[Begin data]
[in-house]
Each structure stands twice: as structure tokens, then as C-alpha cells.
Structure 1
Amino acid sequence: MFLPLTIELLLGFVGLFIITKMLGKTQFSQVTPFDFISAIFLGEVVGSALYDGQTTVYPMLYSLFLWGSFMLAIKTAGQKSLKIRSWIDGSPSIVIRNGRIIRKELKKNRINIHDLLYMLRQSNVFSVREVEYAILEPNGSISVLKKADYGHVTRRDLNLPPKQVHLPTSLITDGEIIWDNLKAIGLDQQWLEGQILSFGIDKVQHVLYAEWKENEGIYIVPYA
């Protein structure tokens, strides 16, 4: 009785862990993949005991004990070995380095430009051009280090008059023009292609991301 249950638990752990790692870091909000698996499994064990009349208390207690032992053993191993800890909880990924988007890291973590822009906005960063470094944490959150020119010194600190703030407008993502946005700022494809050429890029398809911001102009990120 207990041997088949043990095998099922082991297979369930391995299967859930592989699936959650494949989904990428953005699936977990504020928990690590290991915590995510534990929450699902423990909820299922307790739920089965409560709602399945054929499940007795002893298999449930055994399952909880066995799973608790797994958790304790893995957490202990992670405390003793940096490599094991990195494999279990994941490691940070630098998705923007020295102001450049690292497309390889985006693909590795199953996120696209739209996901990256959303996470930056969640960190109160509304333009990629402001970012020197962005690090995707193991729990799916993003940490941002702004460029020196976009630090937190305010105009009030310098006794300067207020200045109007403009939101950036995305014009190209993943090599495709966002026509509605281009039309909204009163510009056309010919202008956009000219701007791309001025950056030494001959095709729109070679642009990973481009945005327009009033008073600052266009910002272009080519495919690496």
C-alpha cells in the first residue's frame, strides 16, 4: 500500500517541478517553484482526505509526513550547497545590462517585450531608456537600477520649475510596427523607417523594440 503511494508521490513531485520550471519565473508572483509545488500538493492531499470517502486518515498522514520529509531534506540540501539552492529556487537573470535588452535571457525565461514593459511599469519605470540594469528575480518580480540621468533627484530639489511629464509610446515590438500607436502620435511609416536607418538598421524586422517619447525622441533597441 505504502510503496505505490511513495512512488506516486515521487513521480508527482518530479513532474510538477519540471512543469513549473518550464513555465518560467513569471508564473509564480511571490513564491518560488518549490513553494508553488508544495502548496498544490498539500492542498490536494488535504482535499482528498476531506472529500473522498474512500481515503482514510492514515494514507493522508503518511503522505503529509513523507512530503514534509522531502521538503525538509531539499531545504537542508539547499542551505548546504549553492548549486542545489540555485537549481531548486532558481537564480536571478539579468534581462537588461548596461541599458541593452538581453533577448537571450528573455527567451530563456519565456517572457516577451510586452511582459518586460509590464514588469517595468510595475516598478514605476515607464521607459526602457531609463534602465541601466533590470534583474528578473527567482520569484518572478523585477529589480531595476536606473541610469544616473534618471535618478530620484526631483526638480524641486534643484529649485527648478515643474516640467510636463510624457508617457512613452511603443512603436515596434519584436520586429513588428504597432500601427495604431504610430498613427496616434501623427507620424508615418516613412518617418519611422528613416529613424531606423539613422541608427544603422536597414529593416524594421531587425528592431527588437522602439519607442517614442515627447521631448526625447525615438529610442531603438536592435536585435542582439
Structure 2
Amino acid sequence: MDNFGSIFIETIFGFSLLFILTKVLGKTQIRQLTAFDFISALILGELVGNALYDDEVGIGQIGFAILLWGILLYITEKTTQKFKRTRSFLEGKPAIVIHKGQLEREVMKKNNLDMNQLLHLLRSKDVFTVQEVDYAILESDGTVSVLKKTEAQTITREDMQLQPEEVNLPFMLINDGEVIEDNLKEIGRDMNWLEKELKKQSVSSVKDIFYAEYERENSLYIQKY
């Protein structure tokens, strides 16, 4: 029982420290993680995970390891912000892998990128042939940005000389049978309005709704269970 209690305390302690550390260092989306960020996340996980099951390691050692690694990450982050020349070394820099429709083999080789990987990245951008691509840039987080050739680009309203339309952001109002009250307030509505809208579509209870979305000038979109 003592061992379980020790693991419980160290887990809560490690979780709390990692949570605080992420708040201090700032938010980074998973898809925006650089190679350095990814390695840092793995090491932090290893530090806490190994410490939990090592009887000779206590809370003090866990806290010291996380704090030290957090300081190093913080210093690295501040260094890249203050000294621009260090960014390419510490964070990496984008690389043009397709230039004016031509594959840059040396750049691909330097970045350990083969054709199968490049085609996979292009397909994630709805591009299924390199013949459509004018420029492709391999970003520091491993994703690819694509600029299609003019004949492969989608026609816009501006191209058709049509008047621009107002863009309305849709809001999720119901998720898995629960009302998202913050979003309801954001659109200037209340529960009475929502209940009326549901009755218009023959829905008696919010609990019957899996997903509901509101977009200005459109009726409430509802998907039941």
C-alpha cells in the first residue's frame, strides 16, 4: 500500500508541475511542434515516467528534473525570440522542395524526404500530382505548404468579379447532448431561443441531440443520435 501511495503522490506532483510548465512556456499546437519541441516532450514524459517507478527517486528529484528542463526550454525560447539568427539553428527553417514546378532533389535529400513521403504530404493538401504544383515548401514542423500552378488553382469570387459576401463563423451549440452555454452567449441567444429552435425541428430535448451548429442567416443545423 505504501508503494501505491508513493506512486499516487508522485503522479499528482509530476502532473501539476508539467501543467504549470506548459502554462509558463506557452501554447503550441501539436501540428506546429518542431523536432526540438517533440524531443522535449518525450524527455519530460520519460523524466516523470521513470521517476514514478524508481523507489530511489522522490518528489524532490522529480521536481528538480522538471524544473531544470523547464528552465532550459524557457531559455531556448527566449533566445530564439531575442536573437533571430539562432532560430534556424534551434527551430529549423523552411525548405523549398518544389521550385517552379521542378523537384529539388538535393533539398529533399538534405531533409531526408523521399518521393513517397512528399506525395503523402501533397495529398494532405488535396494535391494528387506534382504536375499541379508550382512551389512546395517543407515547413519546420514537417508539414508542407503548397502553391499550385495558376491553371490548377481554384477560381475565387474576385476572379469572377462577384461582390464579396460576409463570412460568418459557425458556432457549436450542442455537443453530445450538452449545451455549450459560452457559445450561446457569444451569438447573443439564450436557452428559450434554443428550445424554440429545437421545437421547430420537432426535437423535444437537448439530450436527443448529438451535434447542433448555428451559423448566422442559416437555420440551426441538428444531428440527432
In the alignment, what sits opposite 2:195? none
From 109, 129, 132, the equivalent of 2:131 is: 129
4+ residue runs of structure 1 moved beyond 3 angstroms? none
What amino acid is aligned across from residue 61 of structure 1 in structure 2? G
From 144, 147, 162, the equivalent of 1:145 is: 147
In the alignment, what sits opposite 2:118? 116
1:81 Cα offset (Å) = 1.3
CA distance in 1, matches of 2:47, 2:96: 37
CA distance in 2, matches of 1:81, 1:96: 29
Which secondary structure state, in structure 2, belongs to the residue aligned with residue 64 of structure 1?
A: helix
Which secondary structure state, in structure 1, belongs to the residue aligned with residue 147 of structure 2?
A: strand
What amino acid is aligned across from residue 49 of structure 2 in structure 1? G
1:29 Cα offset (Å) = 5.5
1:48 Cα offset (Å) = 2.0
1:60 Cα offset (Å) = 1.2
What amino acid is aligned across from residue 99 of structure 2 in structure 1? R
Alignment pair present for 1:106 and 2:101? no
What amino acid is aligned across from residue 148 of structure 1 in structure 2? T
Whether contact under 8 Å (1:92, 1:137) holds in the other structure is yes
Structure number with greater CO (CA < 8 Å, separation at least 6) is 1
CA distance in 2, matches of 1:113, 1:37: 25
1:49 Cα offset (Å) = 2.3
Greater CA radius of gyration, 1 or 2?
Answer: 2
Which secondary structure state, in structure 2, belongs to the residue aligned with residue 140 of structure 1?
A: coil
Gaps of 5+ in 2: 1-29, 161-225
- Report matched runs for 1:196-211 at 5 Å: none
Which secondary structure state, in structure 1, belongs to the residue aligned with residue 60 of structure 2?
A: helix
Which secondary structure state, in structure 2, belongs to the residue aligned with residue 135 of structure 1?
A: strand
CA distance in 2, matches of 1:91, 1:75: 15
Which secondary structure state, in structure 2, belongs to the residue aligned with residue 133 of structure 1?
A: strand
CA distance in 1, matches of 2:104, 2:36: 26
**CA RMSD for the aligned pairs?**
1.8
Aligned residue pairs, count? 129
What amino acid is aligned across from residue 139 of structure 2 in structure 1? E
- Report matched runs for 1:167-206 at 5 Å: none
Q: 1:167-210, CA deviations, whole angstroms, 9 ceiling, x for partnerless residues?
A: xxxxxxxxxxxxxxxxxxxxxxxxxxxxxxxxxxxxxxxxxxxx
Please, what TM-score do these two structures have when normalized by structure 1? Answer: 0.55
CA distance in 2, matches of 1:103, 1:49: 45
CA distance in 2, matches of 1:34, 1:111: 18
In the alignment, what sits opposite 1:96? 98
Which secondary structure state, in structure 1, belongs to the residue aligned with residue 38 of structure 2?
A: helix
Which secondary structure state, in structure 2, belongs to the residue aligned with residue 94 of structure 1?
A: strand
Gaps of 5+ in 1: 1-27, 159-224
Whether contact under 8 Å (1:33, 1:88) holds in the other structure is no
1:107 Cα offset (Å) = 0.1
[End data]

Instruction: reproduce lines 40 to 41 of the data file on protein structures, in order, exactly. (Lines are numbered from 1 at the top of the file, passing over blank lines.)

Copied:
- Report matched runs for 1:196-211 at 5 Å: none
Which secondary structure state, in structure 1, belongs to the residue aligned with residue 60 of structure 2?